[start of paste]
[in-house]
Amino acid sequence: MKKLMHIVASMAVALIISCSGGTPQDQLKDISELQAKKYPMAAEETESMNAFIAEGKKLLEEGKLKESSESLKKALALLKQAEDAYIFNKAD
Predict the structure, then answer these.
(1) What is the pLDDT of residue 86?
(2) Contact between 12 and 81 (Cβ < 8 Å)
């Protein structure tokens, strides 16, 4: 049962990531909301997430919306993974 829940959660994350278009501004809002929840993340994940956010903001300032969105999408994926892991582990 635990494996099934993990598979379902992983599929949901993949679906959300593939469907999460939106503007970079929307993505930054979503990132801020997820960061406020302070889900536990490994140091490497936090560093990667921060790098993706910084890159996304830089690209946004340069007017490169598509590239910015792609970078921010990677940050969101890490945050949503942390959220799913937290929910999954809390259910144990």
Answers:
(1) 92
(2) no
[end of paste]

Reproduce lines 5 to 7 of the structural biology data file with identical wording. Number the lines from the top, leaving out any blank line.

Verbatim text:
(2) Contact between 12 and 81 (Cβ < 8 Å)
């Protein structure tokens, strides 16, 4: 049962990531909301997430919306993974 829940959660994350278009501004809002929840993340994940956010903001300032969105999408994926892991582990 635990494996099934993990598979379902992983599929949901993949679906959300593939469907999460939106503007970079929307993505930054979503990132801020997820960061406020302070889900536990490994140091490497936090560093990667921060790098993706910084890159996304830089690209946004340069007017490169598509590239910015792609970078921010990677940050969101890490945050949503942390959220799913937290929910999954809390259910144990």
Answers: